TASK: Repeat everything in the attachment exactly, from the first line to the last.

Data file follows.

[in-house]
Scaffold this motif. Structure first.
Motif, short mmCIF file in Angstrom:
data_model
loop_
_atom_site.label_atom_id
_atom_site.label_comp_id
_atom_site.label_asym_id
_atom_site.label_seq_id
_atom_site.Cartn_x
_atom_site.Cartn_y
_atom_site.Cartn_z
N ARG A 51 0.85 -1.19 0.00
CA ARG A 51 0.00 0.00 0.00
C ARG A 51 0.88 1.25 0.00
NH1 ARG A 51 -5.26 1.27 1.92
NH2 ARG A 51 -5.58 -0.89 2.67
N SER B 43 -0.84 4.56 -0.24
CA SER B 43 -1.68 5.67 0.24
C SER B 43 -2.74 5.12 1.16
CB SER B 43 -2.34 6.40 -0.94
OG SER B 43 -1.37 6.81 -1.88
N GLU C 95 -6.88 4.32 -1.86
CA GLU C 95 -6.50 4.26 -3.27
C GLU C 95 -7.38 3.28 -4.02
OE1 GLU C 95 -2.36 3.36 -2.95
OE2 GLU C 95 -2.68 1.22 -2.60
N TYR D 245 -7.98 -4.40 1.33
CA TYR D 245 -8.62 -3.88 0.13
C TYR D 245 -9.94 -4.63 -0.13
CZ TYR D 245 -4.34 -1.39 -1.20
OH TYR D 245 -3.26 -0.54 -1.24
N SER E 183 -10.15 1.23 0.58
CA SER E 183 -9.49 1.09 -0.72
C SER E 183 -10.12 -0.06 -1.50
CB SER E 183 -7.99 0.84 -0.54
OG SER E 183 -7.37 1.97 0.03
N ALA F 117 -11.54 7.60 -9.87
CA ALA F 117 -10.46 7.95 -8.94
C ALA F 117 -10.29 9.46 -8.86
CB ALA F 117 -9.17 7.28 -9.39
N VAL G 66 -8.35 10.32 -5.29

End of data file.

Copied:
[in-house]
Scaffold this motif. Structure first.
Motif, short mmCIF file in Angstrom:
data_model
loop_
_atom_site.label_atom_id
_atom_site.label_comp_id
_atom_site.label_asym_id
_atom_site.label_seq_id
_atom_site.Cartn_x
_atom_site.Cartn_y
_atom_site.Cartn_z
N ARG A 51 0.85 -1.19 0.00
CA ARG A 51 0.00 0.00 0.00
C ARG A 51 0.88 1.25 0.00
NH1 ARG A 51 -5.26 1.27 1.92
NH2 ARG A 51 -5.58 -0.89 2.67
N SER B 43 -0.84 4.56 -0.24
CA SER B 43 -1.68 5.67 0.24
C SER B 43 -2.74 5.12 1.16
CB SER B 43 -2.34 6.40 -0.94
OG SER B 43 -1.37 6.81 -1.88
N GLU C 95 -6.88 4.32 -1.86
CA GLU C 95 -6.50 4.26 -3.27
C GLU C 95 -7.38 3.28 -4.02
OE1 GLU C 95 -2.36 3.36 -2.95
OE2 GLU C 95 -2.68 1.22 -2.60
N TYR D 245 -7.98 -4.40 1.33
CA TYR D 245 -8.62 -3.88 0.13
C TYR D 245 -9.94 -4.63 -0.13
CZ TYR D 245 -4.34 -1.39 -1.20
OH TYR D 245 -3.26 -0.54 -1.24
N SER E 183 -10.15 1.23 0.58
CA SER E 183 -9.49 1.09 -0.72
C SER E 183 -10.12 -0.06 -1.50
CB SER E 183 -7.99 0.84 -0.54
OG SER E 183 -7.37 1.97 0.03
N ALA F 117 -11.54 7.60 -9.87
CA ALA F 117 -10.46 7.95 -8.94
C ALA F 117 -10.29 9.46 -8.86
CB ALA F 117 -9.17 7.28 -9.39
N VAL G 66 -8.35 10.32 -5.29